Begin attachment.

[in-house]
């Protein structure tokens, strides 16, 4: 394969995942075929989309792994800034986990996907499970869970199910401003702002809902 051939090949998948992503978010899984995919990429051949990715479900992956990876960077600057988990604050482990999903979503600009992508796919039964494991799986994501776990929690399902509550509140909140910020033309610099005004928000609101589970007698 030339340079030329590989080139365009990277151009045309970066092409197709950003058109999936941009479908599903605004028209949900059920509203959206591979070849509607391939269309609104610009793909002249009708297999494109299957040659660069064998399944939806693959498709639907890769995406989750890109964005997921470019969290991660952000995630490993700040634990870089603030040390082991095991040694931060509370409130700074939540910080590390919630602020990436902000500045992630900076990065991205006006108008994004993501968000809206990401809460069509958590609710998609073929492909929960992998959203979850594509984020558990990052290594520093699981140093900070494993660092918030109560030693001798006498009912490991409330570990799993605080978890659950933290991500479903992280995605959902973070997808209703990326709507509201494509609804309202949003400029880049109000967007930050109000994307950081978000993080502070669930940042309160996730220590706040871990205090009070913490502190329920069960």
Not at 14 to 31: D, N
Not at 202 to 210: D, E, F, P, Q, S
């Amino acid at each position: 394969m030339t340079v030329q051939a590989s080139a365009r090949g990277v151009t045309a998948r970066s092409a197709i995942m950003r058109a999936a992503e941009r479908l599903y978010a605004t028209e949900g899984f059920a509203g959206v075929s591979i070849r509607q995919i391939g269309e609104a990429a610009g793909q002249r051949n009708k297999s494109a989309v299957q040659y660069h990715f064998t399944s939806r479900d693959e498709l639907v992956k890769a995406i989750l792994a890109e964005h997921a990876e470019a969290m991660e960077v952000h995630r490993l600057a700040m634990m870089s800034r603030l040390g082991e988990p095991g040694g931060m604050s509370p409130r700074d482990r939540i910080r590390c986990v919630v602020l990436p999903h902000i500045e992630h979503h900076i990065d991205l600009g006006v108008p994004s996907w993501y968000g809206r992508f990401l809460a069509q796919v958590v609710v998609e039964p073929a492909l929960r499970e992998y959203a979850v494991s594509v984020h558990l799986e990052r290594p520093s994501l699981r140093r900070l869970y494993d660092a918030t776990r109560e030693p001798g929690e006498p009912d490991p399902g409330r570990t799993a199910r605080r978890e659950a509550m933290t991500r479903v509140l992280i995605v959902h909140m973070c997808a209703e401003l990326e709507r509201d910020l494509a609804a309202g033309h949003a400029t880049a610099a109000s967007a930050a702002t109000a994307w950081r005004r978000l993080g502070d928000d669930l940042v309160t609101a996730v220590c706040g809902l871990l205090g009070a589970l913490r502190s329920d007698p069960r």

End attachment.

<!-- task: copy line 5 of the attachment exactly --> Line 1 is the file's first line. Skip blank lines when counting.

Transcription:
């Amino acid at each position: 394969m030339t340079v030329q051939a590989s080139a365009r090949g990277v151009t045309a998948r970066s092409a197709i995942m950003r058109a999936a992503e941009r479908l599903y978010a605004t028209e949900g899984f059920a509203g959206v075929s591979i070849r509607q995919i391939g269309e609104a990429a610009g793909q002249r051949n009708k297999s494109a989309v299957q040659y660069h990715f064998t399944s939806r479900d693959e498709l639907v992956k890769a995406i989750l792994a890109e964005h997921a990876e470019a969290m991660e960077v952000h995630r490993l600057a700040m634990m870089s800034r603030l040390g082991e988990p095991g040694g931060m604050s509370p409130r700074d482990r939540i910080r590390c986990v919630v602020l990436p999903h902000i500045e992630h979503h900076i990065d991205l600009g006006v108008p994004s996907w993501y968000g809206r992508f990401l809460a069509q796919v958590v609710v998609e039964p073929a492909l929960r499970e992998y959203a979850v494991s594509v984020h558990l799986e990052r290594p520093s994501l699981r140093r900070l869970y494993d660092a918030t776990r109560e030693p001798g929690e006498p009912d490991p399902g409330r570990t799993a199910r605080r978890e659950a509550m933290t991500r479903v509140l992280i995605v959902h909140m973070c997808a209703e401003l990326e709507r509201d910020l494509a609804a309202g033309h949003a400029t880049a610099a109000s967007a930050a702002t109000a994307w950081r005004r978000l993080g502070d928000d669930l940042v309160t609101a996730v220590c706040g809902l871990l205090g009070a589970l913490r502190s329920d007698p069960r």